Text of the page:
Part I : dvnamotors and vibrators
Hugh Wefts W6VVTU 1411 18th Street Manhattan Beach CA 90266-4025
II you vc been around ham radio ven long you've seen a number of power supply types, but are you aware of how they \ e changed over the years? What t^ referred to as a "power supply" is the interface between the ordinary wall plug and a radio, or between an automobile battery and a radio. I he evolution of the interface device has seen a great many changes out the past i>() years. Reviewing the various common types raises feelings of nostalgia for some hams, w hile for others it is an educational step through historical memorabilia.
Latecomers to ham radio are familiar with radios thai require a l2™\oft power supply, because most radios today are of a solid stale design that operates directly off an automobile battery; However, prior to semiconductors, almost all electronic equipment used vacuum tubes— which required a much higher voltage than most semiconductors. Throughout the hisiorv of nidio.
4B mf power supplies have been available that obtain power from commercial power mains, and we think of that power as being typically 120 VAC which must be stepped Lip or down in voltage level to meet the radio's requirements. The change in \tillage level has been pro vided by a power transformer d ig- 1 h of which there arc many variations in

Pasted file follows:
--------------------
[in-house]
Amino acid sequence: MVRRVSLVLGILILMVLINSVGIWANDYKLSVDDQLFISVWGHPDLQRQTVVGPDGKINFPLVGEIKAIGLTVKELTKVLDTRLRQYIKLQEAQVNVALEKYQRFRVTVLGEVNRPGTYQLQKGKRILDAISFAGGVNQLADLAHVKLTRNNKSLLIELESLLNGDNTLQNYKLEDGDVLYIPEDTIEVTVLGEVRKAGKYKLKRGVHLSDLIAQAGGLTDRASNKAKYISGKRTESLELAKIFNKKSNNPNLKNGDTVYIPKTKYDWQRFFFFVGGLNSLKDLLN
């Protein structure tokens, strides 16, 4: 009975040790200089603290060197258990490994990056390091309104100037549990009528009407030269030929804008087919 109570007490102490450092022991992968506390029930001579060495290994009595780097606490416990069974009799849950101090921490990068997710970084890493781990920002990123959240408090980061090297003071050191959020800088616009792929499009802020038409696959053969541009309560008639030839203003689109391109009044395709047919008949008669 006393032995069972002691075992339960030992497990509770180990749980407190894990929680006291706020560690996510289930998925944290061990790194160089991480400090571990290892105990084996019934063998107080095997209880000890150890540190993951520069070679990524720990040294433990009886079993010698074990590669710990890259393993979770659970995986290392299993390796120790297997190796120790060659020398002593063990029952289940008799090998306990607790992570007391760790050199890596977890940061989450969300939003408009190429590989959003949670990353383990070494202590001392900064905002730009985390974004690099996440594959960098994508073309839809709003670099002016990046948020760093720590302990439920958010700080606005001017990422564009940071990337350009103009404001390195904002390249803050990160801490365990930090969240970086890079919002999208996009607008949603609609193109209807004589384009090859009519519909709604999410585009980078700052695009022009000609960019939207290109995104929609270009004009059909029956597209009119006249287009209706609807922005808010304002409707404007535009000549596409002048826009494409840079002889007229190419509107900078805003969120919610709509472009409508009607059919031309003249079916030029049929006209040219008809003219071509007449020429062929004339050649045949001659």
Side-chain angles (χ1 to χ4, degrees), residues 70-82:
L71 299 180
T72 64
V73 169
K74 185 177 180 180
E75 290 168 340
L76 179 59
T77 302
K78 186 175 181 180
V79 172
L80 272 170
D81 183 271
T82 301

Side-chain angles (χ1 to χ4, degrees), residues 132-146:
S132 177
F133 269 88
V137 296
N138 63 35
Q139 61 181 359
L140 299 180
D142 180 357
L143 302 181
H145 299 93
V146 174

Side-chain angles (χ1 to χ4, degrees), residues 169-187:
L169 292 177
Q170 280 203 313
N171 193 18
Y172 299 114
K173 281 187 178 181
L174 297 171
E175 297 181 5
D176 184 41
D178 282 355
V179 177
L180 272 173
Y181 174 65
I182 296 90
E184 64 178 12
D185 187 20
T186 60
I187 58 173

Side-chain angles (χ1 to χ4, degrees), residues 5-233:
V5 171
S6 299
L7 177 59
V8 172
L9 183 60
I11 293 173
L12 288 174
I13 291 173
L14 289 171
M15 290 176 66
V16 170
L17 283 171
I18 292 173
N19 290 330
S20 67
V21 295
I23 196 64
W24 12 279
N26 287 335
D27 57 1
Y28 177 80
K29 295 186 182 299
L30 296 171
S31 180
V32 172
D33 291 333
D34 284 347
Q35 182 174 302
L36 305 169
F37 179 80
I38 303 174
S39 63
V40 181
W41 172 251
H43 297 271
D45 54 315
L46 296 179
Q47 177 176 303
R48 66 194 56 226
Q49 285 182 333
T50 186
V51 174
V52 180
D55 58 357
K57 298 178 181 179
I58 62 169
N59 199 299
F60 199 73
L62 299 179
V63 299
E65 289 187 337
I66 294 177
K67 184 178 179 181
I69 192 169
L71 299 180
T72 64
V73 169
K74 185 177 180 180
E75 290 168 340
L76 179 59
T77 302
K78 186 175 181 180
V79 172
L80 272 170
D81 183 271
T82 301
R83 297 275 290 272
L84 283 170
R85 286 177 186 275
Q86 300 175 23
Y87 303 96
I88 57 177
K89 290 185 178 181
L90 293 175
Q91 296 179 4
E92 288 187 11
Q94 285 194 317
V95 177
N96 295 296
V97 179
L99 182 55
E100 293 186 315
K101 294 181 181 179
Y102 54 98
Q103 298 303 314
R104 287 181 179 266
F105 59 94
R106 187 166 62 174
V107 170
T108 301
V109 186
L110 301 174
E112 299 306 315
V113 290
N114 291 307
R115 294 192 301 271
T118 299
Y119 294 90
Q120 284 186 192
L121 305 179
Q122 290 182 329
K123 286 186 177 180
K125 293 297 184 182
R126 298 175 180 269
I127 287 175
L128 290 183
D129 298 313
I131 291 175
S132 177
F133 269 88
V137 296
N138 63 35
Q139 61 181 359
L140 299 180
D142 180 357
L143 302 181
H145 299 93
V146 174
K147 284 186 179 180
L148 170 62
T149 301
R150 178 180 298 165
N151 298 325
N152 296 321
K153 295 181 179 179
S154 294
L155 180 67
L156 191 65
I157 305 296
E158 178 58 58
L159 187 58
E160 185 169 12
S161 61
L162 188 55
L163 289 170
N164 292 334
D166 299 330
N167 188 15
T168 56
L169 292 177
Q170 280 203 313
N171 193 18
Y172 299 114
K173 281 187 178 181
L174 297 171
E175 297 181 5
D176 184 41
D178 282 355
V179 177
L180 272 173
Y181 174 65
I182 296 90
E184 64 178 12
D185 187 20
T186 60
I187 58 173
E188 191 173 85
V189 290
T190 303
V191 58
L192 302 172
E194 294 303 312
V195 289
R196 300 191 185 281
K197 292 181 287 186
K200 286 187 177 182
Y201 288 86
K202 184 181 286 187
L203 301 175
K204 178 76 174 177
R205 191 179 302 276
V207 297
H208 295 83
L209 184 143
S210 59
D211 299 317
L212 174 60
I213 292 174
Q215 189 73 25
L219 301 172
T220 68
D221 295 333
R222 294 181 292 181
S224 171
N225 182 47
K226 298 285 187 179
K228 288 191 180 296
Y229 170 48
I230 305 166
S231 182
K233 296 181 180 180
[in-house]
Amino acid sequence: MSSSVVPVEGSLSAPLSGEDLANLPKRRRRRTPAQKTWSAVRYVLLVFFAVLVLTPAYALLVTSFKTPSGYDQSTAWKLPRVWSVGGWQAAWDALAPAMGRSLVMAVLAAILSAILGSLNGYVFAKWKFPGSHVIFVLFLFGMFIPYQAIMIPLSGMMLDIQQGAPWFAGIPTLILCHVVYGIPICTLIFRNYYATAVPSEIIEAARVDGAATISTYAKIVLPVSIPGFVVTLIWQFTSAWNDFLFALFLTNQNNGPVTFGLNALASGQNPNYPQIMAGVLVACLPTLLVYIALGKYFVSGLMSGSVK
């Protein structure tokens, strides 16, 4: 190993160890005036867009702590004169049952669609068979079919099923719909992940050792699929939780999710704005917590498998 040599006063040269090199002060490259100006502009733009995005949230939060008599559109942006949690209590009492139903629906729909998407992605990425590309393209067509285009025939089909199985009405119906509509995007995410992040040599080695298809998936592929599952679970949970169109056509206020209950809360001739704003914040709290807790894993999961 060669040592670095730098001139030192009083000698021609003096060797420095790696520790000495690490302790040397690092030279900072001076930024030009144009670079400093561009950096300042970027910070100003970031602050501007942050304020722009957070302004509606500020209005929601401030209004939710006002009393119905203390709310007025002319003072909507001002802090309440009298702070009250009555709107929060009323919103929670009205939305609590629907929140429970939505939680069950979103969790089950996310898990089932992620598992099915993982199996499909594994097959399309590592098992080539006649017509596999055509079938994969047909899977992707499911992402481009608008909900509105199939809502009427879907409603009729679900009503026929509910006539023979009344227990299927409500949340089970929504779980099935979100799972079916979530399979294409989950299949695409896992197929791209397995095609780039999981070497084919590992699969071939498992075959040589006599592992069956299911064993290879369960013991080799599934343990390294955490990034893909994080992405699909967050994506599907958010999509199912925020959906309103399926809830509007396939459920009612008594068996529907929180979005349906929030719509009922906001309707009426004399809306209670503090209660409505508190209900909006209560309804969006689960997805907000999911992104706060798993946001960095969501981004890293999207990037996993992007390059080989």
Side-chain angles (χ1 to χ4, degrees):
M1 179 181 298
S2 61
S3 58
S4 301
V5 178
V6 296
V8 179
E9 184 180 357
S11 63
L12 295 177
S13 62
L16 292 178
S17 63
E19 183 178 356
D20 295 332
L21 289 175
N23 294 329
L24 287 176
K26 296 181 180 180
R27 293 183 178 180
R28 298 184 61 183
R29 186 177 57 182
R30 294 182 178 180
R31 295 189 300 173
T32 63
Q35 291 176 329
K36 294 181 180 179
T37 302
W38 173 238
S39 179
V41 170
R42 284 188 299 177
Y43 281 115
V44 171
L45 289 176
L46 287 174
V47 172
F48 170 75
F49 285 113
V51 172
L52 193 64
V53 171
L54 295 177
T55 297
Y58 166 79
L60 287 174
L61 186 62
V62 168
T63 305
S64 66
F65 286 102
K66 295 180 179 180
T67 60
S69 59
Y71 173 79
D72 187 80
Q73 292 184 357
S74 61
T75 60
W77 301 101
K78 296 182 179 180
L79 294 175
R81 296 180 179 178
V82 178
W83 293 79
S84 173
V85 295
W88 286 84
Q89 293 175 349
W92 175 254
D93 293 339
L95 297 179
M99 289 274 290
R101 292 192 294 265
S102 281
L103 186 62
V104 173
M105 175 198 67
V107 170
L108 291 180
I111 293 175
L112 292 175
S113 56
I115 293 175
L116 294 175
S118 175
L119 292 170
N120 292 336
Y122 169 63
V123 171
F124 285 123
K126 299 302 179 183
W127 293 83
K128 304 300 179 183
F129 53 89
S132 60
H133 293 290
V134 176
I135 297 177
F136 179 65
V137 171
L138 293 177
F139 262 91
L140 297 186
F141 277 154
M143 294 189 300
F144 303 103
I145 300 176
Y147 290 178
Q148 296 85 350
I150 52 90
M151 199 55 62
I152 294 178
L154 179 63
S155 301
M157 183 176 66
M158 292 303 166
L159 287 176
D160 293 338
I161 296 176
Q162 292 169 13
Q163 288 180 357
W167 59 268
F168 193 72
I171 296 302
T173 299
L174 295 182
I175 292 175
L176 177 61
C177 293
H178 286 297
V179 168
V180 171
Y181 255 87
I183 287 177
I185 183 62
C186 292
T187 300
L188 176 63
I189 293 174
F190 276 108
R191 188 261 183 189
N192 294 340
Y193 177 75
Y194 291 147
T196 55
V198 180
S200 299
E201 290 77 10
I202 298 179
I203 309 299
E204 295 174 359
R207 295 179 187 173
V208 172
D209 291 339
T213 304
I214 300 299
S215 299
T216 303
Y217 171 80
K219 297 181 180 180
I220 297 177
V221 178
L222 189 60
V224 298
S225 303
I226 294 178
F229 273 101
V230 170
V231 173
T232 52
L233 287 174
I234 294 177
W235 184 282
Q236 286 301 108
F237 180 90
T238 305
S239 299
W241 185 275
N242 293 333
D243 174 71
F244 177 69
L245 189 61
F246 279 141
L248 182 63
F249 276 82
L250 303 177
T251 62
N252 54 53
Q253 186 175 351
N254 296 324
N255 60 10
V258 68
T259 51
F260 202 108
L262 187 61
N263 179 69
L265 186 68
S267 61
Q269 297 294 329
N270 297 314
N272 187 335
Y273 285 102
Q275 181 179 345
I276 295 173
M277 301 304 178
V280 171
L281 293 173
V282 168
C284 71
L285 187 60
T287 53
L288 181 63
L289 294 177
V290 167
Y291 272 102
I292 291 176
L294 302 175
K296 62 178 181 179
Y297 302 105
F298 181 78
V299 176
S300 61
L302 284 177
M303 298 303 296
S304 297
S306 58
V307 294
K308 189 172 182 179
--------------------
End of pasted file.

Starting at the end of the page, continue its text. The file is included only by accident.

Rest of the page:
the rectifier and filtering circuits, A DC voltage i^ obtained In rectifying
the AC output from the transformer and. for vacuum tubes, an AC voltage was also provided to the healers.
AC1 power supplies have gone ihrouiih a transition from heav\ iron bi F
transformers to powdered iron switching circuits, hui power supplies for mobile radio applications have had an even greater evolution. To show the various steps in the evolution, we will discuss some ol the more popular mobile supplies, starting here in Part I w ith the dvnamolor and vibrator \er-Mons. Part 2 will pick up with switching power supplies of the types used in mobile and home computer applications.
i lie dynamotor power supply was developed during the late 1920s and early 1930s for use in auiomchile car radios. An outline of one is shown in Fiji, 2, At the time, they were called rotary converters (also called rotary transformers), with many applications both inside ami outside of automobile radios. Dunns World War II. dvnamotors were produced in huge quantities for military applications, and following the war many dvnamotors became available to hams through the surplus market.
Perhaps one of the most famous dynamotors was called the PE-103. It was capable of being operated from either a six- or 12-volt car battery. The output voltage was 300 VDC (600 V output if 12 V was applied to the 6 Y input) which made it ideal for mobile ham transmitters. Another feature of the PE-103 was that it could be remote!) turned on and off. his made :t more convenient to use. particularly during sliort transmission periods after which it would be turned off. The armature inertia was a little troublesome during a push-to-talk situation bccausc
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